A lurking variable doesn't just affect the apparent relationship between two variables. An interaction term might do that but wouldn't be lurking. A lurking variable directly affects both X and Y and thereby makes it appear that X and Y are directly related to each other when, without the lurking variable, they would not be or would not be to that extent or in that direction.
My favorite is the strong positive association between the number of firefighters at a fire and the amount of damage. Perhaps you shouldn't call the fire department. The lurking variable is the size of the blaze, which "causes" both damage and fire fighters.
It isn't necessary for lurking variables to be unobserved. Often they are lying around in the open in the data or available in related data. It is their joint affect on two variables, creating the spurious appearance of a relationship that makes them "lurk". The best lurking variable stories hint at spurious causation: storks "causing" births, firefighters "causing" damage, TV's "causing" greater life expectancy, and so on. But cases where we actually had a right to conclude causation are rare because they would only show up in the context of a designed experiment and that would mean that somehow the randomization had broken down. So often lurking variable examples are cautionary tales warning us not to infer causation from correlation.
Confounded variables vary together so that one cannot tease apart which is responsible for any observed effect. But only predictors (or factors in an experiment) are said to be confounded. An external variable that is correlated with our response, but not associated with our factors is not a confounder because we will still be able to observe the effect of the factors on the response. Confounding can occur due to poor design in an experiment (offer both a low interest rate and low fee to one group of customers and a higher interest rate and higher fee to another; you'll never be able to tell whether customers were more motivated by the difference in interest rate or the difference in fee.) But confounding can also simply be structural. Any study that takes place over time risks that something else will happen during that time that will vary with the treatments and could be responsible for the observed effect -- but we'll never know. Confounding is related to collinearity in linear models. In both, we can't separate the effects of two (or more) potential predictors because of the structure of the data, but there needn't be any particularly strong association with the response variable.
So, a hint: lurking variables are most common in observational studies. If we are *observing* two variables over time, for example, then an external change (seasonal, political, economic, or whatever) could affect both of them and thereby be a lurking variable. They are much less common in designed experiments because we randomize to avoid such things. Lurking variables will show up only if we fail to randomize completely or correctly. If we are *controlling* a treatment and observing a response over time, an external change wouldn't lurk because it couldn't affect our treatment variable.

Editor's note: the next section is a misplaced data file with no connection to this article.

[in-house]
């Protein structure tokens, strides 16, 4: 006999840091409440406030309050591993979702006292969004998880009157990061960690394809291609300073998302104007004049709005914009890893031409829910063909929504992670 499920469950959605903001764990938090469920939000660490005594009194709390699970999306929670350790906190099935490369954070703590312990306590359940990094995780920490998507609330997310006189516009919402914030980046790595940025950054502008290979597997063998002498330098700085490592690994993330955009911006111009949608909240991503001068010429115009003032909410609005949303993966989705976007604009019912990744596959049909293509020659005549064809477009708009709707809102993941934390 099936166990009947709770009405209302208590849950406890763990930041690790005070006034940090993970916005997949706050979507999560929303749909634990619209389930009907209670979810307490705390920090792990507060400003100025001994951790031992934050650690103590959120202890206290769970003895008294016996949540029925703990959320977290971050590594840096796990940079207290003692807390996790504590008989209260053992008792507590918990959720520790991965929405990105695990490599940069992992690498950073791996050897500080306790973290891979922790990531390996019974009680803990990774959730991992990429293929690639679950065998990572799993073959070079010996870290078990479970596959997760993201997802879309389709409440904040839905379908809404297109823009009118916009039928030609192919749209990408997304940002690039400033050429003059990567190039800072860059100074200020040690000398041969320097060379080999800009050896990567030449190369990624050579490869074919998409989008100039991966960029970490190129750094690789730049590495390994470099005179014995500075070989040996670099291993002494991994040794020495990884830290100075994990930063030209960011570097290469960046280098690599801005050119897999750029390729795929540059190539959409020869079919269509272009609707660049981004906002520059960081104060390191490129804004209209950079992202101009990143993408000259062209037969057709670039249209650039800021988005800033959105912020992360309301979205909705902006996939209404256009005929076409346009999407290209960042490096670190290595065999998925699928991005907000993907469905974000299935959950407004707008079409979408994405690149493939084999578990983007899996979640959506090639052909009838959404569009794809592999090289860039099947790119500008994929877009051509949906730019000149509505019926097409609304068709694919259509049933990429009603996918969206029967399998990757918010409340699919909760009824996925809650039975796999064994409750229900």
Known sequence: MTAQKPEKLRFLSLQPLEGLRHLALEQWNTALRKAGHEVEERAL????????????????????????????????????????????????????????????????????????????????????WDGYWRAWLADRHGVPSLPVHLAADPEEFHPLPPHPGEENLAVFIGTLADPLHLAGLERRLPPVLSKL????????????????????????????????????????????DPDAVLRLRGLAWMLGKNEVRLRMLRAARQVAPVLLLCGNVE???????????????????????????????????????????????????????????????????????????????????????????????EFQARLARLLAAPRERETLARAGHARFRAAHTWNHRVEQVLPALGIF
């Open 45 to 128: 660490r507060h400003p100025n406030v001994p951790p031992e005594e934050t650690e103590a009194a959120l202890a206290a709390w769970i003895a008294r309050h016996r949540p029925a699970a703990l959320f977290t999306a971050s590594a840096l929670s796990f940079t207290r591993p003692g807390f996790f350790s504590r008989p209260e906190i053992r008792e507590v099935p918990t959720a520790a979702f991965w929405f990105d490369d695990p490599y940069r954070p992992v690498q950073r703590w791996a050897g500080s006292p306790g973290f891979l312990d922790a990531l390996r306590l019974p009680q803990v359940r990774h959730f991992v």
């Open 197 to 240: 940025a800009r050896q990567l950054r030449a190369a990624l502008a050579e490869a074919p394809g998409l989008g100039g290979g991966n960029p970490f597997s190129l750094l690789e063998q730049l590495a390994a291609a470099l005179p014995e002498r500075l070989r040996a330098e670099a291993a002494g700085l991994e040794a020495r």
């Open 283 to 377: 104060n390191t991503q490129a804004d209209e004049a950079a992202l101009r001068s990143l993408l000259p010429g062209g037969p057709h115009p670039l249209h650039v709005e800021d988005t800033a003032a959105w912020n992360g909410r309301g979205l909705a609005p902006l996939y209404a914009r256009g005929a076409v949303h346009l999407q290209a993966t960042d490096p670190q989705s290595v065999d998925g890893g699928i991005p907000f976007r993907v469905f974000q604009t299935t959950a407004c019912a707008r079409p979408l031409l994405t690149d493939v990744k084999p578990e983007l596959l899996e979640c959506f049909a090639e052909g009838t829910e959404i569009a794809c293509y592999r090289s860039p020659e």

Confounding, however, can show up in an experiment either through poor design or just because there is no reasonable way to avoid it. Things happen that are not under our control, but might be confounded with the factors, making it impossible to tell whether our treatment or the external change was responsible for the response. The best defense is to record as much supplementary information (temperature, precipitation, economic conditions, whatever might matter) so that these could be used as covariates in our analysis. Even that might not cure the problem because the external variables might still be collinear with our factors and impossible to separate from the predictors we care about.
(Of course, the concepts of multiple predictors, covariates, and collinearity are beyond the scope of the AP syllabus, which is probably part of what makes these topics confusing here.)
---- But in the final analysis (as it were), it really doesn't matter what we call them. The important thing for students to recognize is that variables other than those named in the study may be closely associated with one or several variables. When we learn about a study, we should be skeptical and think about possible external variables. When we find (or think we may have found) some, we must take extra care in interpreting the models, and we should be especially cautious about inferring causation. If differentiating lurking from confounding variables helps students to understand this, then go for it. But if it becomes just another trivial distinction for them to memorize then I say to hell with it. Focus on what happens to the models and how to interpret them with care when other variables might affect the data.